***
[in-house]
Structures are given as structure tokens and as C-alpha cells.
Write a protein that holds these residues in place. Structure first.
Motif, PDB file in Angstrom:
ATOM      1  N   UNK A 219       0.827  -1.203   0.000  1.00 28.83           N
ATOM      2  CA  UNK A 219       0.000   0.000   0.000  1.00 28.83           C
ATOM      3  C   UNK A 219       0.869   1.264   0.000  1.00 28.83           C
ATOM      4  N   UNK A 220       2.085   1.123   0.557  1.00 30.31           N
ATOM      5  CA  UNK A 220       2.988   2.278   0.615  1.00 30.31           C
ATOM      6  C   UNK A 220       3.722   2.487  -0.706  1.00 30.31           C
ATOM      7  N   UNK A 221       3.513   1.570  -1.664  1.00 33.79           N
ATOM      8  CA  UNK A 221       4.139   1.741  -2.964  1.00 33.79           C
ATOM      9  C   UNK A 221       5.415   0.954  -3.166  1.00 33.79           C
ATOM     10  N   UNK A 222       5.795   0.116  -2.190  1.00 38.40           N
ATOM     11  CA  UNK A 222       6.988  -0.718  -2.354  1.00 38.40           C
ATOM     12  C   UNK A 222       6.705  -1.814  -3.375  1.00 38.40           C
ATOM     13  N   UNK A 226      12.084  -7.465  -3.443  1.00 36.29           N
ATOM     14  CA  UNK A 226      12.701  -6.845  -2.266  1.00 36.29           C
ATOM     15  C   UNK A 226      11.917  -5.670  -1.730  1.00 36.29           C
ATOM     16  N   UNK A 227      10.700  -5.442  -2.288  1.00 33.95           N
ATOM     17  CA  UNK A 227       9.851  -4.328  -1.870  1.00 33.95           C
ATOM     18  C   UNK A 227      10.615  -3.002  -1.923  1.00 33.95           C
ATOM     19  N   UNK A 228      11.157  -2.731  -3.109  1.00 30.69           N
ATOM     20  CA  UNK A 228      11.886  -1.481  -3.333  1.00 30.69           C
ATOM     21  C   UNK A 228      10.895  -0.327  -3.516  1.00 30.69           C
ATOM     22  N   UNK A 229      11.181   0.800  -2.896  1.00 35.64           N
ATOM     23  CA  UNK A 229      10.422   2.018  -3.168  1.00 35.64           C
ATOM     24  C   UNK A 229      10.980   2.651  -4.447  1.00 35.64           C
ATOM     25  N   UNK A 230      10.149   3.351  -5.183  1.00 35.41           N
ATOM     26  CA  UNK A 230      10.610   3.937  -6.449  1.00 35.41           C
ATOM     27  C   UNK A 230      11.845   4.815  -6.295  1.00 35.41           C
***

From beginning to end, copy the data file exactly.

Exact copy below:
[in-house]
Structures are given as structure tokens and as C-alpha cells.
Write a protein that holds these residues in place. Structure first.
Motif, PDB file in Angstrom:
ATOM      1  N   UNK A 219       0.827  -1.203   0.000  1.00 28.83           N
ATOM      2  CA  UNK A 219       0.000   0.000   0.000  1.00 28.83           C
ATOM      3  C   UNK A 219       0.869   1.264   0.000  1.00 28.83           C
ATOM      4  N   UNK A 220       2.085   1.123   0.557  1.00 30.31           N
ATOM      5  CA  UNK A 220       2.988   2.278   0.615  1.00 30.31           C
ATOM      6  C   UNK A 220       3.722   2.487  -0.706  1.00 30.31           C
ATOM      7  N   UNK A 221       3.513   1.570  -1.664  1.00 33.79           N
ATOM      8  CA  UNK A 221       4.139   1.741  -2.964  1.00 33.79           C
ATOM      9  C   UNK A 221       5.415   0.954  -3.166  1.00 33.79           C
ATOM     10  N   UNK A 222       5.795   0.116  -2.190  1.00 38.40           N
ATOM     11  CA  UNK A 222       6.988  -0.718  -2.354  1.00 38.40           C
ATOM     12  C   UNK A 222       6.705  -1.814  -3.375  1.00 38.40           C
ATOM     13  N   UNK A 226      12.084  -7.465  -3.443  1.00 36.29           N
ATOM     14  CA  UNK A 226      12.701  -6.845  -2.266  1.00 36.29           C
ATOM     15  C   UNK A 226      11.917  -5.670  -1.730  1.00 36.29           C
ATOM     16  N   UNK A 227      10.700  -5.442  -2.288  1.00 33.95           N
ATOM     17  CA  UNK A 227       9.851  -4.328  -1.870  1.00 33.95           C
ATOM     18  C   UNK A 227      10.615  -3.002  -1.923  1.00 33.95           C
ATOM     19  N   UNK A 228      11.157  -2.731  -3.109  1.00 30.69           N
ATOM     20  CA  UNK A 228      11.886  -1.481  -3.333  1.00 30.69           C
ATOM     21  C   UNK A 228      10.895  -0.327  -3.516  1.00 30.69           C
ATOM     22  N   UNK A 229      11.181   0.800  -2.896  1.00 35.64           N
ATOM     23  CA  UNK A 229      10.422   2.018  -3.168  1.00 35.64           C
ATOM     24  C   UNK A 229      10.980   2.651  -4.447  1.00 35.64           C
ATOM     25  N   UNK A 230      10.149   3.351  -5.183  1.00 35.41           N
ATOM     26  CA  UNK A 230      10.610   3.937  -6.449  1.00 35.41           C
ATOM     27  C   UNK A 230      11.845   4.815  -6.295  1.00 35.41           C